(Nancy Dallas) – Senator Bill Raggio (R) and Assemblyman Morse Arberry (D) in 2006 submitted a joint request for a legislative bill to amend the Nevada Constitution and allow for the appointment of judges via the implementation of the “Missouri Plan”. (C-177)
This bill has now been approved twice by the Nevada State legislature – in 2007 and 2009. The question now appears on your 2010 General Election ballot.
Under the Missouri Plan, when there is a judicial vacancy, a non-partisan judicial selection commission solicits applications, conducts interviews, and recommends three persons to the governor. After interviewing the candidates, the governor selects one of the three to fill the seat.
After one or more years on the bench, judges must then run, unopposed, at the next general election for retention in office based on their record. If a majority of voters disapproves of a judge, the judge must leave the bench and a new judge must be appointed to the vacancy according to the same rules.
Under current Nevada law, judicial candidates vie for open positions as “non-partisan” candidates and are publicly elected by the voters.
If a vacancy occurs prior to the completion of a term (due to death, illness, resignation, etc), similar to the Missouri Plan, a “judicial selection committee” solicits applications, conducts interviews and recommends three persons to the Governor, who then makes the appointment.
It has proven to be a less than ideal process, marred by excessive political pressures and influence; however, in Nevada there is one major difference from the Missouri Plan replacement process.
In the Missouri Plan, if the appointee loses the “approval” election, a replacement is appointed – using the same selection process. In Nevada, the incumbent must run in the General Election and possibly face opposing candidates to be elected – or, replaced by a candidate of the voters’ choice.
I don’t care how you cut it, any “judicial selection committee” is going to be politically influenced – whether it is bi-partisan, legislatively anointed, judicially anointed, publicly anointed, or parts of all. And, in the end, the Governor makes the final decision. Regardless of who this is or what party he/she belongs to, this generally ends up being a politically motivated decision.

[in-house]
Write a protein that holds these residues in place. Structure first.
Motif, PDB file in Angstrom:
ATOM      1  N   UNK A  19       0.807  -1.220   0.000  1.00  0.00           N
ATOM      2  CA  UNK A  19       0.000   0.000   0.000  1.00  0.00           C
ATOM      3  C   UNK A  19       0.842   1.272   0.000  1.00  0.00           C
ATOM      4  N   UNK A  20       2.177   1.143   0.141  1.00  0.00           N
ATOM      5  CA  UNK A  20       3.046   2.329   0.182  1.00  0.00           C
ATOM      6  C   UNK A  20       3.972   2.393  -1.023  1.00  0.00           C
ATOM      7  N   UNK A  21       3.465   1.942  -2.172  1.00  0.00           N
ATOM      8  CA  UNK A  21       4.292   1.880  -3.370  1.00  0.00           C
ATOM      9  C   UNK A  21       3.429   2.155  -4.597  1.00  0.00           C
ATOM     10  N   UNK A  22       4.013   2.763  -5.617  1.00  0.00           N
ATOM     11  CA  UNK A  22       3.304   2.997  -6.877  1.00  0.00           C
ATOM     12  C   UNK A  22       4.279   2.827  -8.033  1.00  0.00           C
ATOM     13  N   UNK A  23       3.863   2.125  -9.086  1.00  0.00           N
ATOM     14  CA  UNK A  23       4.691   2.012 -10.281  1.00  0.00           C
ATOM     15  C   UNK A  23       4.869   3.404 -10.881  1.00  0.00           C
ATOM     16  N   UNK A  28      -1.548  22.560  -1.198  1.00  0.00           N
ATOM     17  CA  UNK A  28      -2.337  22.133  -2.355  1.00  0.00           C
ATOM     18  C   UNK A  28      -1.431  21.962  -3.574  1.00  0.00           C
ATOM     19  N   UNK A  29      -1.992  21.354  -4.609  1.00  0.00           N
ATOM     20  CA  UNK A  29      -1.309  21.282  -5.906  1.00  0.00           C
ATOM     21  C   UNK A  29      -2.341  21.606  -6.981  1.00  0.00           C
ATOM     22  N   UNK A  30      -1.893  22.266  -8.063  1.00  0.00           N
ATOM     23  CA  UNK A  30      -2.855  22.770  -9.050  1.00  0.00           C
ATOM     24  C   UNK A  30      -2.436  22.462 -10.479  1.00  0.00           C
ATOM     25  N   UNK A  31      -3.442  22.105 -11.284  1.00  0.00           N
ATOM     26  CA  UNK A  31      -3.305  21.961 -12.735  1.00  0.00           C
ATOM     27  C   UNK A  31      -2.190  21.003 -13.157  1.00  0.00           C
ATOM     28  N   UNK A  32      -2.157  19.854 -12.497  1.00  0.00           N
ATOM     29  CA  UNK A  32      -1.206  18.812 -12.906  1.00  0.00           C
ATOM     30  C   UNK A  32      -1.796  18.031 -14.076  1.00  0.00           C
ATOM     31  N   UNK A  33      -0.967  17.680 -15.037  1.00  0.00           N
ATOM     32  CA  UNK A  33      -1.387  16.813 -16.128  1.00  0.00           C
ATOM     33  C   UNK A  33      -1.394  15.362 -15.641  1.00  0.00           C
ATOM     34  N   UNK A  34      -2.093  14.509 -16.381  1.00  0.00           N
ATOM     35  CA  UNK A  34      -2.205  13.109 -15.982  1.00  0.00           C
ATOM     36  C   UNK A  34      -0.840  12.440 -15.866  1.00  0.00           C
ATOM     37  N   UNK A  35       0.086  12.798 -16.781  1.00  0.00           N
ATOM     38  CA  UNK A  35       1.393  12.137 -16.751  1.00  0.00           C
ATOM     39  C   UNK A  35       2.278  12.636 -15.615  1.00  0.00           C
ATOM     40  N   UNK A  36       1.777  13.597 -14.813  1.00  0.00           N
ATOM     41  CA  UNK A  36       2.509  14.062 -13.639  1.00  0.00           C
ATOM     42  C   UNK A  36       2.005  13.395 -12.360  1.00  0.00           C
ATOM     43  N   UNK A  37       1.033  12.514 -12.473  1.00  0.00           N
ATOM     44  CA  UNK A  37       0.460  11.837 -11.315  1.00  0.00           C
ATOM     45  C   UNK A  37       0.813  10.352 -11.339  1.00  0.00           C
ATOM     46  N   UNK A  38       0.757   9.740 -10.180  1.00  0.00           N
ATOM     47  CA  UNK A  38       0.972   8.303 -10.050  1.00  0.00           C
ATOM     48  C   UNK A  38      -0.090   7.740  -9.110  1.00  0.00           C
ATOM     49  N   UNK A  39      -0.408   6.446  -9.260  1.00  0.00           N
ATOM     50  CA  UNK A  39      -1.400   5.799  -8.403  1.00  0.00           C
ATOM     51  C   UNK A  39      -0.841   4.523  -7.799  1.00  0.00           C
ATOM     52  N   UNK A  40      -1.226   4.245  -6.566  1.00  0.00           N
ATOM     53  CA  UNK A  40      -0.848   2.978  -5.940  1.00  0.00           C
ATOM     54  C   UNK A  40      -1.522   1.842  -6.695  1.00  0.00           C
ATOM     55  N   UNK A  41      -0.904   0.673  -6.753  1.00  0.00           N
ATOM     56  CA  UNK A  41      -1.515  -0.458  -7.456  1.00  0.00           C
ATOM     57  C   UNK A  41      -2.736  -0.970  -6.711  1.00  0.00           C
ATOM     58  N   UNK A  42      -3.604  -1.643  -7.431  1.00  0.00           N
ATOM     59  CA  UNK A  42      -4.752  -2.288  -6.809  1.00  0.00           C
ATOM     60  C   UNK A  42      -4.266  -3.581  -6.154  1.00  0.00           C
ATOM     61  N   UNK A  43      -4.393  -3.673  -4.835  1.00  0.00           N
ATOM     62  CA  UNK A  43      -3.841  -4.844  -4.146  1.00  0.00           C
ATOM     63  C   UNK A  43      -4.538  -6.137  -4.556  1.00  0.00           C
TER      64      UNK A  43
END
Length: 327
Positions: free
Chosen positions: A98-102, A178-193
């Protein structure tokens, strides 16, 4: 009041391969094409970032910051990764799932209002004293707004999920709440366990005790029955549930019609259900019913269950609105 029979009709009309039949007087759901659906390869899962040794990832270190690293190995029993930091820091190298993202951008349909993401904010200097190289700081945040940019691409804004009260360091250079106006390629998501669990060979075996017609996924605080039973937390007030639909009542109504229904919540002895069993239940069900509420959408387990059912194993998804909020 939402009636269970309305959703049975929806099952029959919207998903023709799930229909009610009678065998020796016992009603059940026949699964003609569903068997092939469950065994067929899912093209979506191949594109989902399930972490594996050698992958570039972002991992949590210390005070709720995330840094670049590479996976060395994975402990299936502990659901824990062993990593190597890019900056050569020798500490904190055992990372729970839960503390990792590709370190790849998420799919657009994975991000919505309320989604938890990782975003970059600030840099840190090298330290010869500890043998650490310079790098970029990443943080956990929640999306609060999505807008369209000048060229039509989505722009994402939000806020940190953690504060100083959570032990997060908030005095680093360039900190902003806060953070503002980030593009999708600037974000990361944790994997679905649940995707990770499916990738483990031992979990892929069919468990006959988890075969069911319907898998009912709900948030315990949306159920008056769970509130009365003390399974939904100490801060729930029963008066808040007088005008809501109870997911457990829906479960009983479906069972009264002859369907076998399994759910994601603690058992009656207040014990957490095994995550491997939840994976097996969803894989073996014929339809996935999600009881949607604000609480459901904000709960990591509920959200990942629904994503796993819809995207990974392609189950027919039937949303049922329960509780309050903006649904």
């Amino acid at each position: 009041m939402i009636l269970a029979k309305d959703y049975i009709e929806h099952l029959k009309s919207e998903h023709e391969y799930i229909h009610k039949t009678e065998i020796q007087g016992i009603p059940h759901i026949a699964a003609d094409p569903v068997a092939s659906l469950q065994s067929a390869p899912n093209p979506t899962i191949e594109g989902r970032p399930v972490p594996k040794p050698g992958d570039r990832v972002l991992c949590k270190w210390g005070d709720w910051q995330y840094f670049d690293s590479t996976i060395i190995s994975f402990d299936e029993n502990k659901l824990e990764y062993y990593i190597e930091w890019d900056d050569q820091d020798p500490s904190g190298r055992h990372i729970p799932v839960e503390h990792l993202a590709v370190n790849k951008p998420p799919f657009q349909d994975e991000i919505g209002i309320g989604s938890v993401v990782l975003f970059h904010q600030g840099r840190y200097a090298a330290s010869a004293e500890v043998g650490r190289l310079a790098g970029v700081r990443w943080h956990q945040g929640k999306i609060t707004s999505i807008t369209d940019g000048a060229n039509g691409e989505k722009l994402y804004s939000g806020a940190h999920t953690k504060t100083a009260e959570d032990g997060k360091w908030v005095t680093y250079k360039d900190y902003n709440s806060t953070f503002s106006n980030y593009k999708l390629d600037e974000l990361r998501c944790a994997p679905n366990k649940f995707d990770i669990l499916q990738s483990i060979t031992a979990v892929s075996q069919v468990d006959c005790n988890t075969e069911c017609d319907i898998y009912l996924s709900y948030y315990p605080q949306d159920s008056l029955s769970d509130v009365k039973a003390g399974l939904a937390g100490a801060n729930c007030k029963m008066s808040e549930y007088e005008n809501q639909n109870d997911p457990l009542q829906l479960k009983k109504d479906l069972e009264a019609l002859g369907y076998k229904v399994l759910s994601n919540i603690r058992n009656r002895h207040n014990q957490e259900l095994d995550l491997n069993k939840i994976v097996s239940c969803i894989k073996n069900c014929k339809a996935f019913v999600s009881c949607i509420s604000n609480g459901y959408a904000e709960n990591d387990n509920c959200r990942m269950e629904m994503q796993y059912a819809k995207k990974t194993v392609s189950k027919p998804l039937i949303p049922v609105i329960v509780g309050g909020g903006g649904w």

The process was used to fill a number of judicial vacancies over the past year or two, including the Third Judicial Court vacancy in Lyon/Churchill County in 2006. The long-time incumbent retired 2-1/2 years prior to the end of his six year term.
I might not be so cynical of the Missouri Plan appointment process if I had not witnessed how the system was so abused in this particular case.
Early retirement from elective positions has long been a convenient means of allowing a politically compatible ally to be appointed, allowing them the advantage of running as an incumbent. The Churchill/Lyon County Third Judicial District Court replacement process was a perfect example of how political it can become.
But, thanks to current Nevada law, the voters were heard and the appointee was ousted.
While the appointment system eliminates the campaign donation solicitation process, it also, for all practical purposes, eliminates the opportunity for the public to have a say in who they want to serve on the bench.
The argument that judges running for office are in a difficult position having to ask for campaign contributions from potentially future litigants is a good point, but until our entire election campaign process is legitimately cleaned up and revamped, leave Nevada’s judicial selection process a people’s choice.
Think about it.
(Nancy Dallas is Publisher/Editor of NewsDeskbynancydallas.com)